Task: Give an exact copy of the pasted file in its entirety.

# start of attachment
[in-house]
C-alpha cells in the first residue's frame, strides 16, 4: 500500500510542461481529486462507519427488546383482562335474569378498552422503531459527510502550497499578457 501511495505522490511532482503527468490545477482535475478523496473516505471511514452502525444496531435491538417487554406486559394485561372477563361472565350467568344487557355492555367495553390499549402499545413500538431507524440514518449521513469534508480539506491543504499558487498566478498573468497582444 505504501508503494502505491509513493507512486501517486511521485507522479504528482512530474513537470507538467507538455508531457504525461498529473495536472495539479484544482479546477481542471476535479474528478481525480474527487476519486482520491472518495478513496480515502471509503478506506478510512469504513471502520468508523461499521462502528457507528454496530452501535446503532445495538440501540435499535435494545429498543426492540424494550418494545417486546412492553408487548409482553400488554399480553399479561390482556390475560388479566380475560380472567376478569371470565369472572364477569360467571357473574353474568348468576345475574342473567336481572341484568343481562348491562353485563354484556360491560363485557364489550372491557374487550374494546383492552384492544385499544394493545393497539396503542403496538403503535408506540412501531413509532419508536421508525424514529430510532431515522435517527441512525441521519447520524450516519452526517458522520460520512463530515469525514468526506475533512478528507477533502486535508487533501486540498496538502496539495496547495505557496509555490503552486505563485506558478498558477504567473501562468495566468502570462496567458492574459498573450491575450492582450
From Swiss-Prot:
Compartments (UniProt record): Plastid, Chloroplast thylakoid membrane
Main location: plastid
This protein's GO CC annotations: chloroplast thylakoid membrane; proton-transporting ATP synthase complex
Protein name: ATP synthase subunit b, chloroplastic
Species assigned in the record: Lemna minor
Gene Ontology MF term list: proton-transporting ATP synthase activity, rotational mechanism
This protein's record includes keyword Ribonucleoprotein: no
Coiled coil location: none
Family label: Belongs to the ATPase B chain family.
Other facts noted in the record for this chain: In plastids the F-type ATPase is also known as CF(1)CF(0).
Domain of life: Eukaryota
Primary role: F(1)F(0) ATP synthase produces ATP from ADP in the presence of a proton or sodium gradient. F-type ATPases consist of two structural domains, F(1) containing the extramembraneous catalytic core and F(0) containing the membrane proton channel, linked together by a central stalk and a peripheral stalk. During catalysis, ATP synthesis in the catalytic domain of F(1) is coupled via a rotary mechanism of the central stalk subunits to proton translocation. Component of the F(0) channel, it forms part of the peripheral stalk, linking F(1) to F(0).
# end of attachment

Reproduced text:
[in-house]
C-alpha cells in the first residue's frame, strides 16, 4: 500500500510542461481529486462507519427488546383482562335474569378498552422503531459527510502550497499578457 501511495505522490511532482503527468490545477482535475478523496473516505471511514452502525444496531435491538417487554406486559394485561372477563361472565350467568344487557355492555367495553390499549402499545413500538431507524440514518449521513469534508480539506491543504499558487498566478498573468497582444 505504501508503494502505491509513493507512486501517486511521485507522479504528482512530474513537470507538467507538455508531457504525461498529473495536472495539479484544482479546477481542471476535479474528478481525480474527487476519486482520491472518495478513496480515502471509503478506506478510512469504513471502520468508523461499521462502528457507528454496530452501535446503532445495538440501540435499535435494545429498543426492540424494550418494545417486546412492553408487548409482553400488554399480553399479561390482556390475560388479566380475560380472567376478569371470565369472572364477569360467571357473574353474568348468576345475574342473567336481572341484568343481562348491562353485563354484556360491560363485557364489550372491557374487550374494546383492552384492544385499544394493545393497539396503542403496538403503535408506540412501531413509532419508536421508525424514529430510532431515522435517527441512525441521519447520524450516519452526517458522520460520512463530515469525514468526506475533512478528507477533502486535508487533501486540498496538502496539495496547495505557496509555490503552486505563485506558478498558477504567473501562468495566468502570462496567458492574459498573450491575450492582450
From Swiss-Prot:
Compartments (UniProt record): Plastid, Chloroplast thylakoid membrane
Main location: plastid
This protein's GO CC annotations: chloroplast thylakoid membrane; proton-transporting ATP synthase complex
Protein name: ATP synthase subunit b, chloroplastic
Species assigned in the record: Lemna minor
Gene Ontology MF term list: proton-transporting ATP synthase activity, rotational mechanism
This protein's record includes keyword Ribonucleoprotein: no
Coiled coil location: none
Family label: Belongs to the ATPase B chain family.
Other facts noted in the record for this chain: In plastids the F-type ATPase is also known as CF(1)CF(0).
Domain of life: Eukaryota
Primary role: F(1)F(0) ATP synthase produces ATP from ADP in the presence of a proton or sodium gradient. F-type ATPases consist of two structural domains, F(1) containing the extramembraneous catalytic core and F(0) containing the membrane proton channel, linked together by a central stalk and a peripheral stalk. During catalysis, ATP synthesis in the catalytic domain of F(1) is coupled via a rotary mechanism of the central stalk subunits to proton translocation. Component of the F(0) channel, it forms part of the peripheral stalk, linking F(1) to F(0).